Pronounced das-PLEE-toe-SORE-us tore-ROH-sus
Daspletosaurus means 'frightful lizard' in Greek. The species name torosus is Latin for 'muscular'.
Daspletosaurus torosus was a theropod, as are all carnivorous dinosaurs. Theropod means 'beast foot', inspired by the very sharply clawed, three-toed feet of these animals.
Stocky and powerful, Daspletosaurus was the king predator of its time, approximately 10 million years older than its close relative T. rex. Up to nine metres long, Daspletosaurus was a formidable beast with heavy bones, a muscular tail and crests above its eyes. It grew by about 180 kilograms a year – 10 per cent of its final adult weight.
Daspletosaurus torosus was an enormous animal, almost nine metres in length.
This stocky and powerful meat-eater had the largest teeth of any of the tyrannosaurids, larger even than those of Tyrannosaurus rex. Each tooth was dagger-sharp, curved and saw-edged. Like other tyrannosaurids (those in the family Tyrannosauridae), this species also had a pair of small, two-fingered hands.
Daspletosaurus torosus was built much like T. rex but smaller, with a large skull and a long muscular tail. It had pronounced crests in front of and behind the eyes, giving it a distinctive appearance.
This tyrannosaur was one of the first for which clavicles were described. It was previously thought that tyrannosaurs lacked these bony struts in the shoulder girdle.
Daspletosaurus torosus lived near a coastal plain with meandering rivers and streams during the Late Cretaceous period, 77-74 million years ago, in what is now western North America. Lowland areas were swampy and upland areas were forested. The climate was seasonal, warm and temperate. Other animals from the area included fish and crocodiles (found near the ancient coastline), amphibians, turtles, carnivorous dinosaurs like dromaeosaurs and troodontids, and plant-eating ceratopsians, hadrosaurs and ankylosaurs.
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Currently, there are at least seven known specimens of Daspletosaurus torosus and remains of possible others in this genus. Identified remains all come from what is now Alberta, Canada, but yet-to-be-identified fossils have been found in Montana, USA.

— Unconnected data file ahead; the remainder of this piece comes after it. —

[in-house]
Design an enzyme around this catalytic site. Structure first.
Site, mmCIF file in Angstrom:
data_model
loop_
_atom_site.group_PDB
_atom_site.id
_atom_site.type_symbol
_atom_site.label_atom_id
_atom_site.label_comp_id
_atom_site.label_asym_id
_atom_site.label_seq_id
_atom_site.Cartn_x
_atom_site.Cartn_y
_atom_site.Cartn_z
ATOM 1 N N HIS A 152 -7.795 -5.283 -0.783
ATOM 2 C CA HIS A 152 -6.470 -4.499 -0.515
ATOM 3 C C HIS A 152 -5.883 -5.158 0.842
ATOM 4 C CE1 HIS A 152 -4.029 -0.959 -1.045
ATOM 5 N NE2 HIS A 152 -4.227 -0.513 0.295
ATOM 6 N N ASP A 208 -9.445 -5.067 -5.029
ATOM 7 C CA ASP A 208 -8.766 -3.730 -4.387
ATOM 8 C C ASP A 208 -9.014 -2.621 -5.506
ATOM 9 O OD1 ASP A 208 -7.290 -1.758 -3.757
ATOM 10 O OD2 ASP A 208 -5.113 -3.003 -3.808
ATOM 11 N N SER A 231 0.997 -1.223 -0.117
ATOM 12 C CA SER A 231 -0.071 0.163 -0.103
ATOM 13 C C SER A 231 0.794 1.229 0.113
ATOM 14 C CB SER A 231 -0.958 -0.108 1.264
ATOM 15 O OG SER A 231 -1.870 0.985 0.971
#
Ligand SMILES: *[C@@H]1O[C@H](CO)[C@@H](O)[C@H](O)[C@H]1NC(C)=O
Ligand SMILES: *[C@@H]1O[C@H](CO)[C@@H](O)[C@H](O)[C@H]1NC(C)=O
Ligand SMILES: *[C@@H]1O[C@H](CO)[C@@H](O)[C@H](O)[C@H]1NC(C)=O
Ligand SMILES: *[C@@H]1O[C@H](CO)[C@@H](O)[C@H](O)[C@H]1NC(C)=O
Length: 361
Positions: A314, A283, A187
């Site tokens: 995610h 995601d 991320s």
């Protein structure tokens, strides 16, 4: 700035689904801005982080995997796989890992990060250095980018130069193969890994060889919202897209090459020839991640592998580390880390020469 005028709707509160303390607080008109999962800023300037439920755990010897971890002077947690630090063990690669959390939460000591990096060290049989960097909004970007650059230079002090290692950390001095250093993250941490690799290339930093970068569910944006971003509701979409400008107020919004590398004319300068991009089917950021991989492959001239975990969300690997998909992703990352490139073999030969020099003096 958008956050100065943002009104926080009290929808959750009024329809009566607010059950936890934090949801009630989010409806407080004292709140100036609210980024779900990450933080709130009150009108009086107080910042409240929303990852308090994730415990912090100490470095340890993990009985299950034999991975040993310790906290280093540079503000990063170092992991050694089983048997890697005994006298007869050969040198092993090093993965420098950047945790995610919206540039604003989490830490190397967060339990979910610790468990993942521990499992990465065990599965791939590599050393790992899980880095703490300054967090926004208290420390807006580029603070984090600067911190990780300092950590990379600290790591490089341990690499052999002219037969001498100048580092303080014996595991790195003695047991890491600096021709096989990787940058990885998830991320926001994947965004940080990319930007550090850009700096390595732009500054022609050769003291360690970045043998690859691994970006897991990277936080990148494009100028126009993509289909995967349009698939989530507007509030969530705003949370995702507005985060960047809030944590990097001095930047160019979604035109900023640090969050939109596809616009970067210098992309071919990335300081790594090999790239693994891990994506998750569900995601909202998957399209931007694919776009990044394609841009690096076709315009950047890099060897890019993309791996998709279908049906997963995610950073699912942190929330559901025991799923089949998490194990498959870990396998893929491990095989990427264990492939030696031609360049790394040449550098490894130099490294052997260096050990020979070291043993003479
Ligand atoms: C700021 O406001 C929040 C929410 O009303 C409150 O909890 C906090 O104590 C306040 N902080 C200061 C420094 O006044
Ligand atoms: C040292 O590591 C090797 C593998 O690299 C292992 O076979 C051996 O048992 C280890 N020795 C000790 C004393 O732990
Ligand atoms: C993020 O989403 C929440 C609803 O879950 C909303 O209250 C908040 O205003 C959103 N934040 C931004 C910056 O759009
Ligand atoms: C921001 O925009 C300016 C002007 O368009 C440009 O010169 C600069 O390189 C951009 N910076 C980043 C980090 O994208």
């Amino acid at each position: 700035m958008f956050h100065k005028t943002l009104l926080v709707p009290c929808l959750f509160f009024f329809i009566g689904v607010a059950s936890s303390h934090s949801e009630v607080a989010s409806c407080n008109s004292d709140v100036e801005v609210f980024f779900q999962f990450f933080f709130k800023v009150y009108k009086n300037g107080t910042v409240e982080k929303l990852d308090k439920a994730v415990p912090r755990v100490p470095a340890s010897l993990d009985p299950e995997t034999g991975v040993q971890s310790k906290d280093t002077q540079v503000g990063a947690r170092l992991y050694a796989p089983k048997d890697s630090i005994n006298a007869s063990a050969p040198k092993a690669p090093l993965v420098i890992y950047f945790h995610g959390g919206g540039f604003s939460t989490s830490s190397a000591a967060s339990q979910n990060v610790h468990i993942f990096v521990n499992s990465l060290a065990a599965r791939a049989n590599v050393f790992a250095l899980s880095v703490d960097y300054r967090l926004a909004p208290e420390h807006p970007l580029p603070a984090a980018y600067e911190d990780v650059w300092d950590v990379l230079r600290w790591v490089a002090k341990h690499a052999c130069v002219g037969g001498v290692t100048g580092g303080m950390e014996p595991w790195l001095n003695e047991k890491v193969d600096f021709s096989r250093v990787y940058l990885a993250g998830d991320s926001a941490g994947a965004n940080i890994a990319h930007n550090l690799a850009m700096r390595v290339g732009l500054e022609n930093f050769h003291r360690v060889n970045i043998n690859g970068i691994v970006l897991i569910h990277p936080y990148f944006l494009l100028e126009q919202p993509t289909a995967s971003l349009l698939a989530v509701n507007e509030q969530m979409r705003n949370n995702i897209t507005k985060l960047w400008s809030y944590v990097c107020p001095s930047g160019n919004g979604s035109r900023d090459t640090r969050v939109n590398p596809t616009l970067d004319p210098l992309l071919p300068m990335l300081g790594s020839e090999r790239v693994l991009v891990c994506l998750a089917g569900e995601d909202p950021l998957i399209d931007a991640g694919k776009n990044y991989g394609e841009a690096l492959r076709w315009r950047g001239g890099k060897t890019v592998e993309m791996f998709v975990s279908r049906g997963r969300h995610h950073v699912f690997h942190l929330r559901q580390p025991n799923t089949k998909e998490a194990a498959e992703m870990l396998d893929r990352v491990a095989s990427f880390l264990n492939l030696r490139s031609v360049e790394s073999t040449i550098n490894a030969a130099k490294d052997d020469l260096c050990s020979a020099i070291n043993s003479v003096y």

Feeding and diet
With its formidable teeth and jaws, clawed feet, and sheer bulk, Daspletosaurus torosus was easily capable of killing even the largest of its herbivorous prey. Daspletosaurus torosus was the first tyrannosaurid for which gut contents were identified - dinner included a duck-billed hadrosaur.
Daspletosaurus is known to have co-existed with another tyrannosaurid, Gorgosaurus. Scientists believe they probably adopted different feeding strategies, or hunted different prey, in order to 'share' available resources.
Other behaviours and adaptations
There is fossil evidence that Daspletosaurus was either prey, or a scavenged dinner, to others of its own species, or to other large predators. One individual was found with a tooth (its owner is yet to be identified) embedded in the right hip and a part of the hip appears to have been removed during the attack. Teeth marks were also found along the tail and on the foot, suggesting the feeding animal tried to pull its meal around or remove the leg.
Some specimens of Daspletosaurus torosus also have facial injuries from fights with other tyrannosaurs. The injuries had healed, so the animal survived the bite. These bites may have come from another species, but such fighting over food or mating rights is more common within predatory species.
The first Daspletosaurus remains were discovered by prolific fossil-hunter Charles M Sternberg in Canada in 1921, but he thought it was a new species of Gorgosaurus. It wasn’t until 1970 that fellow Canadian Dale Russell gave Daspletosaurus its current name.
There are a number of known specimens of Daspletosaurus torosus, although some are yet to be described and may represent new species. The type specimen is the partial skeleton recovered by Charles M Sternberg from the Oldman Formation of Alberta, Canada. Many of the fossil remains, including juveniles, were discovered during the Golden Age of dinosaur collecting in North America from 1895 to 1925. During that time, the badlands of Alberta spurred what has been called the 'Canadian Dinosaur Rush'. In order not to be outdone by the US scientists, who were collecting dinosaur fossils for the American Museum of Natural History, the Canadian Geological Survey appointed Charles H Sternberg as their Head Collector and Preparator of Vertebrate Fossils, and sent him to Alberta. Sternberg, who became one of the best-known collectors in the world, and his three sons (including Charles M Sternberg) would spend much of their lives digging for dinosaurs.
There may well be other species of Daspletosaurus in addition to D. torosus, as scientists are busy reassessing the fossil evidence.
Daspletosaurus torosus belongs in the family Tyrannosauridae and subfamily Tyrannosaurinae. The subfamily also includes Tarbosaurus, Tyrannosaurus, Teratophoneus, Zhuchengtyrannus and Alioramus.